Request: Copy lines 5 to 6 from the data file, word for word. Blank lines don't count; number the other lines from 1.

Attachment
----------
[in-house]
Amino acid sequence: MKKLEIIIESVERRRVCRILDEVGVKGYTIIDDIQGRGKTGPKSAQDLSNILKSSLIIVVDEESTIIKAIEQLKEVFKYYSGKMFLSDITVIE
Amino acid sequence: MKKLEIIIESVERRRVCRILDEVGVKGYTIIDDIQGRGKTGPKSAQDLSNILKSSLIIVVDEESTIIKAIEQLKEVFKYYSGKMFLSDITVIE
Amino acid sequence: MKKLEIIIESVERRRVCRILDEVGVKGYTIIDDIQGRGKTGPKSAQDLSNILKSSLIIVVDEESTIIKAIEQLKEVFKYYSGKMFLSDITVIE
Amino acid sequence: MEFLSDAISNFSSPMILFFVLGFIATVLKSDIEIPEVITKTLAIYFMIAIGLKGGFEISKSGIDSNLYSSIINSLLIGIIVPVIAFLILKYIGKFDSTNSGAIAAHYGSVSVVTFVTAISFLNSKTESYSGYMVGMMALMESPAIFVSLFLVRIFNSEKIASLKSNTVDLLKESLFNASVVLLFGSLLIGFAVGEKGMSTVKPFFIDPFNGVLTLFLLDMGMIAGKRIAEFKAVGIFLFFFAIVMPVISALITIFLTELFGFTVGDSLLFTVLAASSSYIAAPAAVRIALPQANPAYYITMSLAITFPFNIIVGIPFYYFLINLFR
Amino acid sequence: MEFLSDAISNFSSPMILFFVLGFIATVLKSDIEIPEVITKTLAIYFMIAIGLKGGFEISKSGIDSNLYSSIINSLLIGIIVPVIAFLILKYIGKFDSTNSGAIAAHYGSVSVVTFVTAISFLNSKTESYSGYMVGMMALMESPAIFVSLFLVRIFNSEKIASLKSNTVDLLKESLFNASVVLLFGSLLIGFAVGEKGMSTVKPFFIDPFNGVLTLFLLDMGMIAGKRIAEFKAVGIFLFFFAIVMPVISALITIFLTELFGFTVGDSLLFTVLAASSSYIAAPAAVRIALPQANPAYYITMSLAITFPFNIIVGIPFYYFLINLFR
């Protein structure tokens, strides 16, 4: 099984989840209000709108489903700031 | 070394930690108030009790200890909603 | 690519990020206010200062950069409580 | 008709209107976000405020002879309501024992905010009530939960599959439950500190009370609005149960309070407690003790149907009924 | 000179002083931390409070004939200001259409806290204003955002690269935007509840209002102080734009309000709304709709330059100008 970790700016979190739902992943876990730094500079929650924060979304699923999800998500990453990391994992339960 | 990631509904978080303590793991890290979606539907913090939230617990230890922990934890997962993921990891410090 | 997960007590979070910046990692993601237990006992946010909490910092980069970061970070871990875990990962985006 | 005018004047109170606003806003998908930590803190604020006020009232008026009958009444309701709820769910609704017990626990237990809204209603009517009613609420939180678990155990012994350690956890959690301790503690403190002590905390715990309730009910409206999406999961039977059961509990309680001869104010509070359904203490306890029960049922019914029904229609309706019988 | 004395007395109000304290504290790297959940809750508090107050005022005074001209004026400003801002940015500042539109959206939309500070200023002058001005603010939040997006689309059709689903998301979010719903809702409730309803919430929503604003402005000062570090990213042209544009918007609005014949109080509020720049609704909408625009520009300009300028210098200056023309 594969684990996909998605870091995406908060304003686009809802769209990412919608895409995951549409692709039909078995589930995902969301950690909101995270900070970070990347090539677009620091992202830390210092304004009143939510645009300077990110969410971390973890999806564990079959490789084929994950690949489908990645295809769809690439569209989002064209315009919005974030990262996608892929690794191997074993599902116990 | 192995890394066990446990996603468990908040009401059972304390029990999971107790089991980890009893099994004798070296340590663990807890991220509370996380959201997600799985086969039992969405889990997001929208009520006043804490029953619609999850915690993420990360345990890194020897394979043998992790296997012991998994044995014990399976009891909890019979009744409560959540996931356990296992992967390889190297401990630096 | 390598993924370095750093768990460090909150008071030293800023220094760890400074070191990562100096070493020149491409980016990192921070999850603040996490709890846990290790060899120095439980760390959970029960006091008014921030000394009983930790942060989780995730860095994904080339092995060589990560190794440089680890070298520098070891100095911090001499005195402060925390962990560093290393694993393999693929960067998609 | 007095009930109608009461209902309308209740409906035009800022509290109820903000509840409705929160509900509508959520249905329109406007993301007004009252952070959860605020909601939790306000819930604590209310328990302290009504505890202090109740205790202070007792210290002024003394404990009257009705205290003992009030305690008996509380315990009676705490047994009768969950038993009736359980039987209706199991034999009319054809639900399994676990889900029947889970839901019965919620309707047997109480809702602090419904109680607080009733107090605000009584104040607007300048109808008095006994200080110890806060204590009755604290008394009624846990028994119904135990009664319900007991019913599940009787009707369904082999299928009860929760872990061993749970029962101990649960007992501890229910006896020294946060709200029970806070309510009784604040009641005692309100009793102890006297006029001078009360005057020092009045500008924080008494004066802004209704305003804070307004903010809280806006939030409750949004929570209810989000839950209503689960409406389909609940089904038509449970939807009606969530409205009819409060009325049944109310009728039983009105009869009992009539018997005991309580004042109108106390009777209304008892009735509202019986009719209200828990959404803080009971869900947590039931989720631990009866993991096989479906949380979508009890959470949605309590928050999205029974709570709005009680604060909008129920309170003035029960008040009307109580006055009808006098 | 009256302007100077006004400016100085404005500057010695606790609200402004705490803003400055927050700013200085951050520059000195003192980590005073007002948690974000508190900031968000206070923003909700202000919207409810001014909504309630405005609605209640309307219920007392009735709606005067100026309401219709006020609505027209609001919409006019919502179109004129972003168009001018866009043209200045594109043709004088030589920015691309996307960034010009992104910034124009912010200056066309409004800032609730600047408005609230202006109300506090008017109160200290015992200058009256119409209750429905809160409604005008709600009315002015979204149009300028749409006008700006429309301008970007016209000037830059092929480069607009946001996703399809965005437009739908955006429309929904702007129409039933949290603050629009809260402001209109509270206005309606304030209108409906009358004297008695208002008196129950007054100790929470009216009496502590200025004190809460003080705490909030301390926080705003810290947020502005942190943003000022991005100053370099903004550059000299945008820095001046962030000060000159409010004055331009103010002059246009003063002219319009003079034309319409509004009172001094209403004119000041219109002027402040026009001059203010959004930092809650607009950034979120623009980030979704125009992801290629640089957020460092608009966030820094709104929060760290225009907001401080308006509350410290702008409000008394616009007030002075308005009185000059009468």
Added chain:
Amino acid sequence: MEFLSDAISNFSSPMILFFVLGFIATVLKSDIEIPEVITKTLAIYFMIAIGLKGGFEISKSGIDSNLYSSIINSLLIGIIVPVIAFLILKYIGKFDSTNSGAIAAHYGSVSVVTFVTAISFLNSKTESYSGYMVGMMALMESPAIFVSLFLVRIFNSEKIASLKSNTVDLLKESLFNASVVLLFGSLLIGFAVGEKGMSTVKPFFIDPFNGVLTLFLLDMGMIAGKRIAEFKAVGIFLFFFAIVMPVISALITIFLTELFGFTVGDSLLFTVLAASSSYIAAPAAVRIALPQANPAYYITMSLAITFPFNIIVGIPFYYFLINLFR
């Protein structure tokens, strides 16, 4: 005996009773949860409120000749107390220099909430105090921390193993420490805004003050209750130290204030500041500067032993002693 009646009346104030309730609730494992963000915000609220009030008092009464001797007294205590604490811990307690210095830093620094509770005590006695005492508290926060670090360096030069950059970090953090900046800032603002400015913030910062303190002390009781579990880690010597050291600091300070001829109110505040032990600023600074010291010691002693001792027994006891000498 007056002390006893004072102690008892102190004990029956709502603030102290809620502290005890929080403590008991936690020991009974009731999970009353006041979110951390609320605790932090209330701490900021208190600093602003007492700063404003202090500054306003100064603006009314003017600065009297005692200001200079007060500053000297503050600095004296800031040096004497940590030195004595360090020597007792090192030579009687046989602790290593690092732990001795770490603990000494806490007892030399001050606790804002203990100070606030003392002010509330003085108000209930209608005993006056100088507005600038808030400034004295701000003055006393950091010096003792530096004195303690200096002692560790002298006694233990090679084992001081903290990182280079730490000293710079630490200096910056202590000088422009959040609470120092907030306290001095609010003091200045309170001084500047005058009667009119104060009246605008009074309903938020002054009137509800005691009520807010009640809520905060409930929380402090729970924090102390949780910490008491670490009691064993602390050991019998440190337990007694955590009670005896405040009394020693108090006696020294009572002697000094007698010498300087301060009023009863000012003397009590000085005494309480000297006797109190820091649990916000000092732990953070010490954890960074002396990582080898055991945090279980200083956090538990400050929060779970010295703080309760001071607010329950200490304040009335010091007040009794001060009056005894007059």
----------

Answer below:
Amino acid sequence: MEFLSDAISNFSSPMILFFVLGFIATVLKSDIEIPEVITKTLAIYFMIAIGLKGGFEISKSGIDSNLYSSIINSLLIGIIVPVIAFLILKYIGKFDSTNSGAIAAHYGSVSVVTFVTAISFLNSKTESYSGYMVGMMALMESPAIFVSLFLVRIFNSEKIASLKSNTVDLLKESLFNASVVLLFGSLLIGFAVGEKGMSTVKPFFIDPFNGVLTLFLLDMGMIAGKRIAEFKAVGIFLFFFAIVMPVISALITIFLTELFGFTVGDSLLFTVLAASSSYIAAPAAVRIALPQANPAYYITMSLAITFPFNIIVGIPFYYFLINLFR
Amino acid sequence: MEFLSDAISNFSSPMILFFVLGFIATVLKSDIEIPEVITKTLAIYFMIAIGLKGGFEISKSGIDSNLYSSIINSLLIGIIVPVIAFLILKYIGKFDSTNSGAIAAHYGSVSVVTFVTAISFLNSKTESYSGYMVGMMALMESPAIFVSLFLVRIFNSEKIASLKSNTVDLLKESLFNASVVLLFGSLLIGFAVGEKGMSTVKPFFIDPFNGVLTLFLLDMGMIAGKRIAEFKAVGIFLFFFAIVMPVISALITIFLTELFGFTVGDSLLFTVLAASSSYIAAPAAVRIALPQANPAYYITMSLAITFPFNIIVGIPFYYFLINLFR